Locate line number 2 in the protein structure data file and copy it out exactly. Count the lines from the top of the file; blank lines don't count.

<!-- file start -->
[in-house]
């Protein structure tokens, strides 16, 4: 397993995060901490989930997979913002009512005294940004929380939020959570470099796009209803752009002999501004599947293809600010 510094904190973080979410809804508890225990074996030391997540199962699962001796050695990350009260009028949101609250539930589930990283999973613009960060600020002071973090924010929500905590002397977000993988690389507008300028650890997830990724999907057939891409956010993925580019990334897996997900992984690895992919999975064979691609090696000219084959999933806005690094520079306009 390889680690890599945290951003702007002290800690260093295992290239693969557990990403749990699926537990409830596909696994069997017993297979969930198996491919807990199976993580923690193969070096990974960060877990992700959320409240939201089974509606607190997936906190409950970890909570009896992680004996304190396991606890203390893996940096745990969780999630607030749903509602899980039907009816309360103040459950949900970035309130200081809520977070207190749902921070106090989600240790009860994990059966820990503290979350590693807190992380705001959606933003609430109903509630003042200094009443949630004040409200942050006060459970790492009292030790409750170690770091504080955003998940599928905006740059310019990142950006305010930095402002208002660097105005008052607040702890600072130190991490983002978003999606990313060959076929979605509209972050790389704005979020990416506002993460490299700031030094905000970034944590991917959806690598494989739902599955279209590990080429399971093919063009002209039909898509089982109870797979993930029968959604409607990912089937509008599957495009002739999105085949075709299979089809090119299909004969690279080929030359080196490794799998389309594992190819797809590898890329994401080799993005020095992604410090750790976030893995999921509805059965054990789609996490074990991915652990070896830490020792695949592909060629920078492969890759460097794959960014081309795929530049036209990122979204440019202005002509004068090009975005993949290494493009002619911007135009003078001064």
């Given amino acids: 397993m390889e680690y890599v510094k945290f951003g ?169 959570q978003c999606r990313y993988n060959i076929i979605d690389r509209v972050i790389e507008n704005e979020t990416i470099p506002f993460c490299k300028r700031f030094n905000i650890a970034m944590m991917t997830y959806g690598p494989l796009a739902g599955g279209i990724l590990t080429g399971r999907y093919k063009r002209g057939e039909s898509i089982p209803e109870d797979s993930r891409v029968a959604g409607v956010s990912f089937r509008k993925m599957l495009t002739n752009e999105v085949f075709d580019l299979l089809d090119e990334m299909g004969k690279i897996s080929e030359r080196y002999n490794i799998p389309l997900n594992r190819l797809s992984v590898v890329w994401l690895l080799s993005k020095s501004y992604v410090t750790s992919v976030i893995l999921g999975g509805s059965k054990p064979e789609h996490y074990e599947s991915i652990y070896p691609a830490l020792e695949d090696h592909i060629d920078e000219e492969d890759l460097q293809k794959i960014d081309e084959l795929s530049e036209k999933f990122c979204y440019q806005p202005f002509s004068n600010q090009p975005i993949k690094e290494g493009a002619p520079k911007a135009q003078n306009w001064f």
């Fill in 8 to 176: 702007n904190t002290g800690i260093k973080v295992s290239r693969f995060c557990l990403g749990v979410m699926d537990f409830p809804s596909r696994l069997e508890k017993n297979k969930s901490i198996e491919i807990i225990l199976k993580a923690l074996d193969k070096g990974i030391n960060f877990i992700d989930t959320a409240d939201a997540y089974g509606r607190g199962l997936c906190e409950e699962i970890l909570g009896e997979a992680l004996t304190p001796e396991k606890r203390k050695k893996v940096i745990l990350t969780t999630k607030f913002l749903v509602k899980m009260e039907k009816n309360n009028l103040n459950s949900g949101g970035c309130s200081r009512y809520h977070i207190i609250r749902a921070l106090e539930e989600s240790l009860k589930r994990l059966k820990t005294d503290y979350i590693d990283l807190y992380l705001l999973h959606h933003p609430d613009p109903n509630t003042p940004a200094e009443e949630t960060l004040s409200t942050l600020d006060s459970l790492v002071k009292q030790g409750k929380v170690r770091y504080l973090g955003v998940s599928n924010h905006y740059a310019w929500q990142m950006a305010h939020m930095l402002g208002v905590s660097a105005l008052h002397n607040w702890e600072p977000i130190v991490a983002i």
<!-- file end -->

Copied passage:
């Protein structure tokens, strides 16, 4: 397993995060901490989930997979913002009512005294940004929380939020959570470099796009209803752009002999501004599947293809600010 510094904190973080979410809804508890225990074996030391997540199962699962001796050695990350009260009028949101609250539930589930990283999973613009960060600020002071973090924010929500905590002397977000993988690389507008300028650890997830990724999907057939891409956010993925580019990334897996997900992984690895992919999975064979691609090696000219084959999933806005690094520079306009 390889680690890599945290951003702007002290800690260093295992290239693969557990990403749990699926537990409830596909696994069997017993297979969930198996491919807990199976993580923690193969070096990974960060877990992700959320409240939201089974509606607190997936906190409950970890909570009896992680004996304190396991606890203390893996940096745990969780999630607030749903509602899980039907009816309360103040459950949900970035309130200081809520977070207190749902921070106090989600240790009860994990059966820990503290979350590693807190992380705001959606933003609430109903509630003042200094009443949630004040409200942050006060459970790492009292030790409750170690770091504080955003998940599928905006740059310019990142950006305010930095402002208002660097105005008052607040702890600072130190991490983002978003999606990313060959076929979605509209972050790389704005979020990416506002993460490299700031030094905000970034944590991917959806690598494989739902599955279209590990080429399971093919063009002209039909898509089982109870797979993930029968959604409607990912089937509008599957495009002739999105085949075709299979089809090119299909004969690279080929030359080196490794799998389309594992190819797809590898890329994401080799993005020095992604410090750790976030893995999921509805059965054990789609996490074990991915652990070896830490020792695949592909060629920078492969890759460097794959960014081309795929530049036209990122979204440019202005002509004068090009975005993949290494493009002619911007135009003078001064």